Clinico-pathological study of intestinal obstruction and its management

Samir Shukla, Krishna Kumar, Bhupesh Khusram, Mahendra Damor
2017 International Surgery Journal  
Intestinal obstruction is one of the most common surgical emergencies, for which the therapeutic strategy has progressed through several evolution. The aim was to study the various etiologies, spectrum of clinical features, factors affecting type of management- conservative or operative, various surgical procedures and its outcome in relation to etiological factors in patients of intestinal obstruction.Methods: It is prospective study including 200 patients fulfilling the inclusion criteria
more » ... lusion criteria were part of this study conducted from March 2015 to September 2016 with a provisional diagnosis of intestinal Obstruction carried out in Gandhi Medical College associated Hamidia Hospital, Bhopal, Madhya Pradesh, India.Results: The patients were mostly males and from age group 30 -50 years and least were from 70-80 years. The most common clinical symptom was abdominal pain and the sign was tenderness, least common were irreducible hernia and mass per abdomen. Commonest etiology was adhesion and least was worm infestation. Most patients were treated by operative procedure in comparison to conservative management, commonest procedure done was laparotomy with resection and anastomosis and hernioplasty was least common. The histopathology study of resected specimens reveals inflammation as the commonest and the malignancy as the least one. The mortality was highest in patients of adhesions and the least in patients of obstructed hernia. Discharge rates were maximum in patients of adhesion and minimum in patients of volvulus.Conclusions: In our study it had been observed that early diagnosis, adequate preoperative hydration, prompt investigations and early operative intervention improves survival in patients of intestinal obstruction. If preoperative preparation is improved and anesthetic management is more skillful, the mortality from abdominal exploration should approach to minimum.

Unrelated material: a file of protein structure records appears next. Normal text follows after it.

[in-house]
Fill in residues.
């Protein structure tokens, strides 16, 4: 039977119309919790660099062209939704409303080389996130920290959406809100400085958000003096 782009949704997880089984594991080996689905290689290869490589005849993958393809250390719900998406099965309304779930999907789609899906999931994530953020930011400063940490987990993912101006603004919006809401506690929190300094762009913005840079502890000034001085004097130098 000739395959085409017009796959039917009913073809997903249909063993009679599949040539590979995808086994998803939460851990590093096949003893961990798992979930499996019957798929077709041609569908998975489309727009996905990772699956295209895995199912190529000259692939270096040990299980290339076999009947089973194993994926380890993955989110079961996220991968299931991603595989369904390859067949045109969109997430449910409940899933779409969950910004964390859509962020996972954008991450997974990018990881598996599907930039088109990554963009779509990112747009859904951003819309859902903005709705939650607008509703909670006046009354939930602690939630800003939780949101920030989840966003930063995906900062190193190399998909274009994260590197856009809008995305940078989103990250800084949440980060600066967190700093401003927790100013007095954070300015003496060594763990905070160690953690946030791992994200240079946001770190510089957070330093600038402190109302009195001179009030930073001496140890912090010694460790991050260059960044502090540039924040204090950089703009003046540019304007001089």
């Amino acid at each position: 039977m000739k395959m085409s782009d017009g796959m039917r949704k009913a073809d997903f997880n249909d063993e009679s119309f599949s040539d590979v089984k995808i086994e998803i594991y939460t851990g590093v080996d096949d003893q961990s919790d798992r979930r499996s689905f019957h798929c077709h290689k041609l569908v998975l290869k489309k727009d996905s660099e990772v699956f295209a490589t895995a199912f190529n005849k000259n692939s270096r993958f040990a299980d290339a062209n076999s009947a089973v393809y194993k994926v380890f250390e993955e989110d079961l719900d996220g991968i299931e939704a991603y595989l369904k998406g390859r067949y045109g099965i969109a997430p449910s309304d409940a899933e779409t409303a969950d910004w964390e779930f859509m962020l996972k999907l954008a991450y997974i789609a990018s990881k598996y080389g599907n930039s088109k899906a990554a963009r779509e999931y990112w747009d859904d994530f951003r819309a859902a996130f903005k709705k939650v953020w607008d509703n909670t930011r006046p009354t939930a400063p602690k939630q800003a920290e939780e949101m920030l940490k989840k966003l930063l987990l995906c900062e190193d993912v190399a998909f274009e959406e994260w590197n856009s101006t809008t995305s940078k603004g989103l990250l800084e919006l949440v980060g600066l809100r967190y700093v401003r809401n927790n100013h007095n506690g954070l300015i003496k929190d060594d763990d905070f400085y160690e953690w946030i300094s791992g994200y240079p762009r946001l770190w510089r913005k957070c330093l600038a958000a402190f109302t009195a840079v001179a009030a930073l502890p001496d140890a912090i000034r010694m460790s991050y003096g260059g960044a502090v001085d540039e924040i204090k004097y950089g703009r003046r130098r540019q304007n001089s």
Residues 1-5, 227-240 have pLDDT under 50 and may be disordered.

doi:10.18203/2349-2902.isj20170200 fatcat:7bprk2mfrvcvdcgjq3tnyvjtom